A Different Leadership Lens on the Presidential Election

[If you are fed up with politics, I think you, especially, should read this, but I certainly understand if you don’t. For my part, I think we need to keep speaking and listening, and not falling into all the same divisive traps. If we are connected, you may have read an earlier version of this on LinkedIn.]

Our electoral choices, driven in large part by candidate self-selection, have increasingly been reduced to those people who wear the thickest of skins!

This presidential campaign bears it out . . . with one exception I will save for last. My broad-sweep examples:

  • Trump is ready to name-call and go toe-to-toe with anyone.
  • Warren “has a plan” for everything and as with Hilary, men whisper to me that she “scares” them.
  • Bernie’s policy positions like Warren’s are justice-oriented, but both of their styles are to come out in fierce attacks on capitalists who are all “greedy.”
  • Buttigieg kisses his husband (who Pete says is the the big feeler in the family), and/but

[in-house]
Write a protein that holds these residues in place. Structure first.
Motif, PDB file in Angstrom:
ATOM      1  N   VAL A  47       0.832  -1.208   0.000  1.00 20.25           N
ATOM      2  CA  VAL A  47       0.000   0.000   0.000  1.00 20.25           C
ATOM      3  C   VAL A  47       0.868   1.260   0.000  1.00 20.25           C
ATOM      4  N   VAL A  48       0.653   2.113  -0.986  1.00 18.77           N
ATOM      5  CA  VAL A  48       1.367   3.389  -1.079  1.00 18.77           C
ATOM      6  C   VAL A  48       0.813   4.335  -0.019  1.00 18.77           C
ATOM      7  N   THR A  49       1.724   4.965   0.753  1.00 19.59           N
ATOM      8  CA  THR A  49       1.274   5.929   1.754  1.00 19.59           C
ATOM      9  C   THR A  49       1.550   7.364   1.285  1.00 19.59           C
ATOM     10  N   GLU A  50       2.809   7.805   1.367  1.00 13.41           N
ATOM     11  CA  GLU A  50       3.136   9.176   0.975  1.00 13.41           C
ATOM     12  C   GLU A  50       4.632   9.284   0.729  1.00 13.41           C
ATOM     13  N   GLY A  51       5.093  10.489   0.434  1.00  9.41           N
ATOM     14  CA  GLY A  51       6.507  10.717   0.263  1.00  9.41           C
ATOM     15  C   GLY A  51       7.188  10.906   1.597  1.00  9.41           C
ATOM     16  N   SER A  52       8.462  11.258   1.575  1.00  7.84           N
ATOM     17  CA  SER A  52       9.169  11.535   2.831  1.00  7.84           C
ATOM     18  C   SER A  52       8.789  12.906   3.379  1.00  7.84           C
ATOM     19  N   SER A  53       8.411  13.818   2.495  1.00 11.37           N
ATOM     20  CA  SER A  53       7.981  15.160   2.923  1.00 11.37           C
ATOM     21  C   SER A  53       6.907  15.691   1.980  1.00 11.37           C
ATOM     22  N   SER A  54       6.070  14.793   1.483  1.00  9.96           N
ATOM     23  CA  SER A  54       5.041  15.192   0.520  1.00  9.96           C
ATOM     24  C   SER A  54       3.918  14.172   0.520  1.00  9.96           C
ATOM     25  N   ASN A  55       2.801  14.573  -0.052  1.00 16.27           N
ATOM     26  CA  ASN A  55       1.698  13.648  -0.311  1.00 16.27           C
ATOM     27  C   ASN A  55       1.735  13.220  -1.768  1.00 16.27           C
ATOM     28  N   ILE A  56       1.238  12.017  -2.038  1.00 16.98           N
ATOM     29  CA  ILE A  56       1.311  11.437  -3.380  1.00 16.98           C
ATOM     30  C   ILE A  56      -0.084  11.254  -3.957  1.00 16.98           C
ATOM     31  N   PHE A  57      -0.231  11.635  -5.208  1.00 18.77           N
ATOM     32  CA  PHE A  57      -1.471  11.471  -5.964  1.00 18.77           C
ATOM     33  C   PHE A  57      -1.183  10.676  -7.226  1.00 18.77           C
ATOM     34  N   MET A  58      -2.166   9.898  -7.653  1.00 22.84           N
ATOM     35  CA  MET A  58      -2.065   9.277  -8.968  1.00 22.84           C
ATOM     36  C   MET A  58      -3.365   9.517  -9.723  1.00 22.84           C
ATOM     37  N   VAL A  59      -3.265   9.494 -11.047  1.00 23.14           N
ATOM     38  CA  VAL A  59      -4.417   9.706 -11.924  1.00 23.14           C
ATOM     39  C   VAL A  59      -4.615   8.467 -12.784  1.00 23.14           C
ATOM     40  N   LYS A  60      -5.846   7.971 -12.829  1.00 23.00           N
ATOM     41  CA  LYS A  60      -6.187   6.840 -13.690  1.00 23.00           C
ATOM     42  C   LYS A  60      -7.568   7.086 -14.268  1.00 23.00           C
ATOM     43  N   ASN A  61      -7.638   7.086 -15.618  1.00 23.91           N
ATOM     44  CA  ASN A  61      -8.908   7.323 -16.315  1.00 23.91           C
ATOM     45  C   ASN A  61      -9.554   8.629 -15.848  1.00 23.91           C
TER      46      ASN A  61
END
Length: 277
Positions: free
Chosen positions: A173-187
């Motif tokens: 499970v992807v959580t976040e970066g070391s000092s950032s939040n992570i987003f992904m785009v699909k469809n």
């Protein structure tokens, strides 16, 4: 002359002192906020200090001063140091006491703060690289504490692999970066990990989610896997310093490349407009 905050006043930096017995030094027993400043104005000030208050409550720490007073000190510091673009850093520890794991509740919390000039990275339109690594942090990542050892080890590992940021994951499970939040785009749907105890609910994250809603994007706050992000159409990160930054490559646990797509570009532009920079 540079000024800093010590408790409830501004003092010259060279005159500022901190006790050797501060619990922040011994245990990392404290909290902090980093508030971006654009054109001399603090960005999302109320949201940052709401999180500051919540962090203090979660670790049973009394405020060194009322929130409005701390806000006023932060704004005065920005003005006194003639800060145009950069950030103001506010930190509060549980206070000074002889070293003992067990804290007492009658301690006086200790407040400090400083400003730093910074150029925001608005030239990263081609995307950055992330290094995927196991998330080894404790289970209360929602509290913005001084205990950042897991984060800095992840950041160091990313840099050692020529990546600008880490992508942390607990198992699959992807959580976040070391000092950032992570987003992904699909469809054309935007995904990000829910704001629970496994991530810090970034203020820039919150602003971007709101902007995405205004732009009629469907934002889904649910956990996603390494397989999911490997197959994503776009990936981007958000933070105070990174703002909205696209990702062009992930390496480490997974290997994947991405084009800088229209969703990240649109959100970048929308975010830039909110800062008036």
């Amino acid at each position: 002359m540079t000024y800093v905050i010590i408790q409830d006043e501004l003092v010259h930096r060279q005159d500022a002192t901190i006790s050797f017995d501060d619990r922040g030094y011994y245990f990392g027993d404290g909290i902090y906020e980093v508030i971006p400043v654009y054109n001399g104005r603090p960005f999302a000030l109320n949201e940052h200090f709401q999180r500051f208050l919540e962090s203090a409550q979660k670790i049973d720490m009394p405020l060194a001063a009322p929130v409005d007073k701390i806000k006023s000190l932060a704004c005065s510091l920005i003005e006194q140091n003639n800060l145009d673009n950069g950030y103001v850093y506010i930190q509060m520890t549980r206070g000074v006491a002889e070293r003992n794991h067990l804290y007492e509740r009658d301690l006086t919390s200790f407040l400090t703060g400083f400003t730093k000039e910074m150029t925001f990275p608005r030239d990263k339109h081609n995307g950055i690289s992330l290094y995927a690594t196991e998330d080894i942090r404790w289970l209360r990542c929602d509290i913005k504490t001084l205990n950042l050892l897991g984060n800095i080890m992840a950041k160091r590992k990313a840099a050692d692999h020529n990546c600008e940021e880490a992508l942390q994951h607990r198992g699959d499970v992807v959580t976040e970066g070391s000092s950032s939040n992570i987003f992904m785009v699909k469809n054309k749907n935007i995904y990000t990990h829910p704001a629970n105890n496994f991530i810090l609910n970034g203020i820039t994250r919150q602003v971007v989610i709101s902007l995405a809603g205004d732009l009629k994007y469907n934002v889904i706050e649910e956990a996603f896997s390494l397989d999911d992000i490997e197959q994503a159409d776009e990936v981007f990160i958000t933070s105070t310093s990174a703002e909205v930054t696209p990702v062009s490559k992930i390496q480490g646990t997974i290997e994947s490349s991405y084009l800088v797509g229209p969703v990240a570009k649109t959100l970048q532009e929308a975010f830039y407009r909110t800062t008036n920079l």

• Klobuchar attacks Mayor Pete as a nerd who’s “memorized a lot of talking points.” She’s pretty tough, too.

They’re all sharp, cerebral.  Not a warm, huggy, love-to-have-a-beer-with-you character in the bunch.

Many of us who work in leadership and organizational development know the power of Myers-Briggs to help us find balance between recurring, personality opposites.* The most commonly referenced dichotomy is between introversion and extraversion. In my analysis of the political world, however, we can learn from how Thinkers predominate over Feelers.  Thinkers are those who naturally prefer to evaluate and decide based on objectivity. They are cool. Ready to attack ideas; it’s not personal; think engineers, lawyers, etc. By contrast, feelers are those who prefer to evaluate based on empathy, compassion and harmony. Too often, feelers opt out, or are driven out of the arena. These women and men who seek harmony are rejected as “too soft,” or they simply never enter what we illustratively describe as: the fray, the battlefield, or the arena, the last, a place where gladiators killed hand-to-hand, face-to-face. Cory Booker’s messages of love and unity fell flat early on. He never got traction. Who’s left?